Now that you have had a glance at the extension code, it doesn't really require a lot of code to write simple extensions. In this chapter, we will dissect our extension line-by-line. Lets get to it shall we.

#define PHP_COMPILER_ID  "VC6"



This line tells our extension to compile with Php with the defined PreProccessor directive (PHP_COMPILER_ID). When build time comes, this allows our extension to be 'silently' built with Visual C++ 6. What I mean by silent is, that it tricks Php in thinking that we are building our extension with Visual C++ 6, which we are not, we are building with a later version of Visual C++.


#include "php.h"



Well, it is as it seems. This line tells the compiler to scan all directories to look for the Php header file. Which can be found in C:\wamp\bin\php-5.3.5\main

ZEND_FUNCTION(long_return);



ZEND_FUNCTION(); declares a new C function that complies with Zend's internal API. This takes 1 known parameter which as of date, is the functions name, which will be named long_return

zend_function_entry use_functions[] =



Now that we have declared the functions to be exported, you also have to introduce them to Zend. Introducing the list of functions is done by using an array of zend_function_entry's. This array contains all functions that are to be made available externally, with the function's name as it should appear in Php.

ZEND_FE(use_html, NULL)
{NULL, NULL, NULL}



ZEND_FE(function_name, arg_types) defines a function entry of the name function_name in zend_function_entry. It requires a corresponding C function We declared it in the last line of code above. arg_types has to be set to NULL.

You can see that the last entry in the list always has to be {NULL, NULL, NULL}. This marker has to be set for Zend to know when the end of the list of exported functions is reached.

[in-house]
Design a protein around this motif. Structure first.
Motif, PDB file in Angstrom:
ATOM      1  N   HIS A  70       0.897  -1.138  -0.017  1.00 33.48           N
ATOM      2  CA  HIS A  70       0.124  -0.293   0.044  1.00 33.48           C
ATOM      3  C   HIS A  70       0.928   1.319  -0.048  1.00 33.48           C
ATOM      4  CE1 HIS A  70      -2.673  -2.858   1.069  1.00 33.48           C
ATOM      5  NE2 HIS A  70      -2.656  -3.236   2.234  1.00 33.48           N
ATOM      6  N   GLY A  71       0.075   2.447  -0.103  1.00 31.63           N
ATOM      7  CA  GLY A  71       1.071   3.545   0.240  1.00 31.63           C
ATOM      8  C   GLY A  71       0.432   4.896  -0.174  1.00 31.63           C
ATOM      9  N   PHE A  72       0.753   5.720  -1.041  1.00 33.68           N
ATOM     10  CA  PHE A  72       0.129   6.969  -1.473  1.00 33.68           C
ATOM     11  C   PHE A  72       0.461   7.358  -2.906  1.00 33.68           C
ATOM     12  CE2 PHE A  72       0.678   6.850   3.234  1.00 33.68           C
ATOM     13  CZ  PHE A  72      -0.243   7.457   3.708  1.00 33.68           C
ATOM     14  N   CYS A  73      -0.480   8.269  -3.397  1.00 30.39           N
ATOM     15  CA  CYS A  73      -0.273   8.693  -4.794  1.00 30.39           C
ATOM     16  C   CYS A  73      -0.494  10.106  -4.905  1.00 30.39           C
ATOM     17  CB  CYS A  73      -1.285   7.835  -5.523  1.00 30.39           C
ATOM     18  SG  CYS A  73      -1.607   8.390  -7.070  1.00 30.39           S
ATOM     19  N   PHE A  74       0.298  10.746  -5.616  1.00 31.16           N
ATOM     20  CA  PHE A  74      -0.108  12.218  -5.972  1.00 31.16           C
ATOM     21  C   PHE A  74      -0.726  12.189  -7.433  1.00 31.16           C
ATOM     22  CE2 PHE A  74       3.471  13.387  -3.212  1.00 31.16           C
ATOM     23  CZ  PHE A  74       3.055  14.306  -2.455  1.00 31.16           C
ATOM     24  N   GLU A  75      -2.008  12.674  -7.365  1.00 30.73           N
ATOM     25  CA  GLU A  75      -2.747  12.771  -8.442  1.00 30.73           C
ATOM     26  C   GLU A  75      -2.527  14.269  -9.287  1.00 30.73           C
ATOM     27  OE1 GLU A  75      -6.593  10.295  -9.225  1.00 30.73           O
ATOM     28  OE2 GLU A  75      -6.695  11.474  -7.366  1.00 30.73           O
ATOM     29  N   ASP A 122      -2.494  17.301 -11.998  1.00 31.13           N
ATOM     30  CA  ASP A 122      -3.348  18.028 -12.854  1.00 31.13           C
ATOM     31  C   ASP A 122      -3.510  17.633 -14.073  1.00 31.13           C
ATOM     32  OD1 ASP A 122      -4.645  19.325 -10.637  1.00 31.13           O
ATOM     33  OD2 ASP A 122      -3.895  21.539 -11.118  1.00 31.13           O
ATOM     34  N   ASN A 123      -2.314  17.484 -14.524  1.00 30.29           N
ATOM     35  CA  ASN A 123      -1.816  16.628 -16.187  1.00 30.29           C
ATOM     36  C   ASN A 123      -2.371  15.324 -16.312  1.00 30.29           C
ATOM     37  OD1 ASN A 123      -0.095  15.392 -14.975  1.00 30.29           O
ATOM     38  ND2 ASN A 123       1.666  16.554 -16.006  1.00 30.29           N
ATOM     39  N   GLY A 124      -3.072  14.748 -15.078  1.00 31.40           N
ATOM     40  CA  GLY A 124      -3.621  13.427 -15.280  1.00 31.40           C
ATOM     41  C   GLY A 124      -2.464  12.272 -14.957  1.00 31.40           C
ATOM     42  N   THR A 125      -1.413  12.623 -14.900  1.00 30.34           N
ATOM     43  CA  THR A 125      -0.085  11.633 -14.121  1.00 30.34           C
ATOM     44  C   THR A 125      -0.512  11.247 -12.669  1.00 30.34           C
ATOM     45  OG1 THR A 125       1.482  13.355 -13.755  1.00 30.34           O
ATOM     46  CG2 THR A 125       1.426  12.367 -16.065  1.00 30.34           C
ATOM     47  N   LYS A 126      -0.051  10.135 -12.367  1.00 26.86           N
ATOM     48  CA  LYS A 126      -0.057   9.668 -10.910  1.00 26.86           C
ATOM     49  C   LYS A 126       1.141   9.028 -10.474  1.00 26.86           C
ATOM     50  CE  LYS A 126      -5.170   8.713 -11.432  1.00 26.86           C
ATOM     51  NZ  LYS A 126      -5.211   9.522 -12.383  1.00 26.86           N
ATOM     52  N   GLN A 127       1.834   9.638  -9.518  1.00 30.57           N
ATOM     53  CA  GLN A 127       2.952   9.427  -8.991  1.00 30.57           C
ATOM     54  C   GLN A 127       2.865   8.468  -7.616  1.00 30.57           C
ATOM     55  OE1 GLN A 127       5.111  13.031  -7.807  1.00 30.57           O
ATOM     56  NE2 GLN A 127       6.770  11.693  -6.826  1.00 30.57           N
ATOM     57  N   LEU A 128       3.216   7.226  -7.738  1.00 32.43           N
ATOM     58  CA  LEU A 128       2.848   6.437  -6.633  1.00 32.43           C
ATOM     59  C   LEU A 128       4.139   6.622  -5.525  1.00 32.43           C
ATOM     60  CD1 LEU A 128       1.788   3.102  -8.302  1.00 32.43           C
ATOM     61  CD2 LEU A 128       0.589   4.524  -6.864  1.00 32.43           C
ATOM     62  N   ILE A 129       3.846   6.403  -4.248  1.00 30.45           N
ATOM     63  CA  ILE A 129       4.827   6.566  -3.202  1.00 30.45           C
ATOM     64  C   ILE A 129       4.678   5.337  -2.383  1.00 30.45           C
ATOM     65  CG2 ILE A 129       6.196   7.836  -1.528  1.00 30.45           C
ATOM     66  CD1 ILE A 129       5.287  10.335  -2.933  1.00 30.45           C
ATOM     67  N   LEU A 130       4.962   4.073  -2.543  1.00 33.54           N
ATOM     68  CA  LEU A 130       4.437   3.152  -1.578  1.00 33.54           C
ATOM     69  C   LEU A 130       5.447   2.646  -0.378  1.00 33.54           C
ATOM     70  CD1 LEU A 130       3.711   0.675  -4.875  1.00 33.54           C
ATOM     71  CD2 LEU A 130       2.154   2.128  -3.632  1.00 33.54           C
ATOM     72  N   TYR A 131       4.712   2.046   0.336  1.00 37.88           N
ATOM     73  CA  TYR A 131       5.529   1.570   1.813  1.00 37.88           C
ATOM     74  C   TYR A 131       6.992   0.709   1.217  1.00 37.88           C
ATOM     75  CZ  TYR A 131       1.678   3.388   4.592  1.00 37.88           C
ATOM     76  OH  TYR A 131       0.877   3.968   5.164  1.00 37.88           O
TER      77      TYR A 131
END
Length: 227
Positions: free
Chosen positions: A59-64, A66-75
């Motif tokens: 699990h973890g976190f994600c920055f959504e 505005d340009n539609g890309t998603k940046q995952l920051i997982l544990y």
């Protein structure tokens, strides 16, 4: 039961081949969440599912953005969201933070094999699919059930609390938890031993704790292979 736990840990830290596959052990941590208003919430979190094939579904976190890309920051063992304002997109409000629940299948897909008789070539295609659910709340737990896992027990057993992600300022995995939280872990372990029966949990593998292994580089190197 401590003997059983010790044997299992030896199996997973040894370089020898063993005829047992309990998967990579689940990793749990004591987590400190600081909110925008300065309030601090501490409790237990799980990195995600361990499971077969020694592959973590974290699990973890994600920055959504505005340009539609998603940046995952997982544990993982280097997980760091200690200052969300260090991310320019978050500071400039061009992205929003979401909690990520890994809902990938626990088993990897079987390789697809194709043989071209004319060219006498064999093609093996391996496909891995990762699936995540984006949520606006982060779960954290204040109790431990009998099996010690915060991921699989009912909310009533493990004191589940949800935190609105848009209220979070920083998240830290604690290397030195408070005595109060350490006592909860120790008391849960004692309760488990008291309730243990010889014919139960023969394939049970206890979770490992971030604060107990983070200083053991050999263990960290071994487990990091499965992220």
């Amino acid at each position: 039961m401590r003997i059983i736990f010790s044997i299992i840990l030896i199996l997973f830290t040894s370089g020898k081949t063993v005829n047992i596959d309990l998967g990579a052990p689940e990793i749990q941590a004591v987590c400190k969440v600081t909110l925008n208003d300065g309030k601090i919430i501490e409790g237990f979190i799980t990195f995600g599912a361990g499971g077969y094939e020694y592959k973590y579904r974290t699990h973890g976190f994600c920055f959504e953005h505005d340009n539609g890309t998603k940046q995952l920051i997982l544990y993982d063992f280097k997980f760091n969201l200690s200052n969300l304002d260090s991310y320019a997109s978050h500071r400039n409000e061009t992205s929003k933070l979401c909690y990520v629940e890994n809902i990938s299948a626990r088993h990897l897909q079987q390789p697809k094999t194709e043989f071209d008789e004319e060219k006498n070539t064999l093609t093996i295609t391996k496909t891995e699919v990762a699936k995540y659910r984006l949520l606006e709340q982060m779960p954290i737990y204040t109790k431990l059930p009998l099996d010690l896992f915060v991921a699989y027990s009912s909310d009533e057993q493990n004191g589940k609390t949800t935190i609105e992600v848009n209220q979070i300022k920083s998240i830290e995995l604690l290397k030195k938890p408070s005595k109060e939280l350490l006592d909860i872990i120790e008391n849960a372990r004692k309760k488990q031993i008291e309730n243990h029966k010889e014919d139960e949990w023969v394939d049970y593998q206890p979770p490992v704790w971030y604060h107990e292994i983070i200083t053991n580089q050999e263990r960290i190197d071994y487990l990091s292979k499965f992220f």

zend_module_entry use_html_module_entry =



This defines a zend module for our extension. We HAVE use our function name followed by _module_entry or this will throw errors at build. It contains all necessary information to describe the contents of this module to Zend.

    STANDARD_MODULE_HEADER,
    "Use Html",
    use_functions,
    NULL, NULL, NULL, NULL, NULL,
    "1.0.0-tutorial",
    STANDARD_MODULE_PROPERTIES



STANDARD_MODULE_HEADER contains four bits of important information, instead of filling out the four bits, we use STANDARD_MODULE_HEADER. This will fill out the four bits of information that we need More on this in another chapter so we do not need to do so.

"Use Html" is the name of the module. It is a string value that will also show up in the phpinfo() table More on this later. This value is required.

use_functions is array of functions we defined beforehand. We use the exact name of the defined structure in order for zend to do its magic. This is a must have parameter.

NULL, NULL, NULL, NULL, NULL These are parameters that we do not need, so we set them as unused, NULL. More on this in a later chapter.

1.0.0-tutorial This is the version of the module / function NOT the extension. You can use NO_VERSION_YET if you don't want to give a version yet, but it is really recommend that you add a version string here.